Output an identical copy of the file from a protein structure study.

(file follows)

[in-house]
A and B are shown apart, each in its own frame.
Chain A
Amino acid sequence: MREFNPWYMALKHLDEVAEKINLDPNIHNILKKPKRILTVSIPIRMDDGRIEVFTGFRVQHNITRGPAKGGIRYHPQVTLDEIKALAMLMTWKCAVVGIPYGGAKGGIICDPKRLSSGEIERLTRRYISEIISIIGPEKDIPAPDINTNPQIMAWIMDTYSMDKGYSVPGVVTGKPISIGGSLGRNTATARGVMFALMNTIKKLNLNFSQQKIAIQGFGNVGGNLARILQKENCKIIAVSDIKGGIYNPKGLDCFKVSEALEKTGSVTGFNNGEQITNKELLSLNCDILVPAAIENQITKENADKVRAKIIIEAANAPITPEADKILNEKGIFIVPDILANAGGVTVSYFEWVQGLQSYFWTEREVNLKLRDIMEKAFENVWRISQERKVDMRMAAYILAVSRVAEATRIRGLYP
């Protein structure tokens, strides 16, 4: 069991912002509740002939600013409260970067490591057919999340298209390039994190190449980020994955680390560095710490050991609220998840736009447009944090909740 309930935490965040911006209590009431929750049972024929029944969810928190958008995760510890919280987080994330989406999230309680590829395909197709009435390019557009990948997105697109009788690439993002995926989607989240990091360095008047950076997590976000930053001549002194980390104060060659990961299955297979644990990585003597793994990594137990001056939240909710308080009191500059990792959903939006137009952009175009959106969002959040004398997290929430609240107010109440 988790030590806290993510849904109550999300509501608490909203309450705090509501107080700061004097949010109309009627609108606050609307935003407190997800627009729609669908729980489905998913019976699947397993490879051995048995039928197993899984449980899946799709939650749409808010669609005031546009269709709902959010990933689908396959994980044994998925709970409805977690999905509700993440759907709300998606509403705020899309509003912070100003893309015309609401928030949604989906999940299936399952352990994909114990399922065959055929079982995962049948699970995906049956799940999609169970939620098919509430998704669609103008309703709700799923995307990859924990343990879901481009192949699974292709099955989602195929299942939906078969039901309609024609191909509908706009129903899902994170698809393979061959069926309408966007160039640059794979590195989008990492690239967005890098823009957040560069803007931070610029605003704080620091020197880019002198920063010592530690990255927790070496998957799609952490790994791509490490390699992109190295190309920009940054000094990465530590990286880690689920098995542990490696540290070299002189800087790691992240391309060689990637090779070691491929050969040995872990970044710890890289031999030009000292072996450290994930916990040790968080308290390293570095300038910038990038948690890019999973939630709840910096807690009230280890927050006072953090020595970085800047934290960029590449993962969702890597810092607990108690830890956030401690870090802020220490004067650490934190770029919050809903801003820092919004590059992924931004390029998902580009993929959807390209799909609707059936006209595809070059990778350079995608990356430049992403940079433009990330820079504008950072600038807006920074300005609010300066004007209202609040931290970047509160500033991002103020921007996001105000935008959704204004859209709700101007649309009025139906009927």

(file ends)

[in-house]
A and B are shown apart, each in its own frame.
Chain A
Amino acid sequence: MREFNPWYMALKHLDEVAEKINLDPNIHNILKKPKRILTVSIPIRMDDGRIEVFTGFRVQHNITRGPAKGGIRYHPQVTLDEIKALAMLMTWKCAVVGIPYGGAKGGIICDPKRLSSGEIERLTRRYISEIISIIGPEKDIPAPDINTNPQIMAWIMDTYSMDKGYSVPGVVTGKPISIGGSLGRNTATARGVMFALMNTIKKLNLNFSQQKIAIQGFGNVGGNLARILQKENCKIIAVSDIKGGIYNPKGLDCFKVSEALEKTGSVTGFNNGEQITNKELLSLNCDILVPAAIENQITKENADKVRAKIIIEAANAPITPEADKILNEKGIFIVPDILANAGGVTVSYFEWVQGLQSYFWTEREVNLKLRDIMEKAFENVWRISQERKVDMRMAAYILAVSRVAEATRIRGLYP
């Protein structure tokens, strides 16, 4: 069991912002509740002939600013409260970067490591057919999340298209390039994190190449980020994955680390560095710490050991609220998840736009447009944090909740 309930935490965040911006209590009431929750049972024929029944969810928190958008995760510890919280987080994330989406999230309680590829395909197709009435390019557009990948997105697109009788690439993002995926989607989240990091360095008047950076997590976000930053001549002194980390104060060659990961299955297979644990990585003597793994990594137990001056939240909710308080009191500059990792959903939006137009952009175009959106969002959040004398997290929430609240107010109440 988790030590806290993510849904109550999300509501608490909203309450705090509501107080700061004097949010109309009627609108606050609307935003407190997800627009729609669908729980489905998913019976699947397993490879051995048995039928197993899984449980899946799709939650749409808010669609005031546009269709709902959010990933689908396959994980044994998925709970409805977690999905509700993440759907709300998606509403705020899309509003912070100003893309015309609401928030949604989906999940299936399952352990994909114990399922065959055929079982995962049948699970995906049956799940999609169970939620098919509430998704669609103008309703709700799923995307990859924990343990879901481009192949699974292709099955989602195929299942939906078969039901309609024609191909509908706009129903899902994170698809393979061959069926309408966007160039640059794979590195989008990492690239967005890098823009957040560069803007931070610029605003704080620091020197880019002198920063010592530690990255927790070496998957799609952490790994791509490490390699992109190295190309920009940054000094990465530590990286880690689920098995542990490696540290070299002189800087790691992240391309060689990637090779070691491929050969040995872990970044710890890289031999030009000292072996450290994930916990040790968080308290390293570095300038910038990038948690890019999973939630709840910096807690009230280890927050006072953090020595970085800047934290960029590449993962969702890597810092607990108690830890956030401690870090802020220490004067650490934190770029919050809903801003820092919004590059992924931004390029998902580009993929959807390209799909609707059936006209595809070059990778350079995608990356430049992403940079433009990330820079504008950072600038807006920074300005609010300066004007209202609040931290970047509160500033991002103020921007996001105000935008959704204004859209709700101007649309009025139906009927």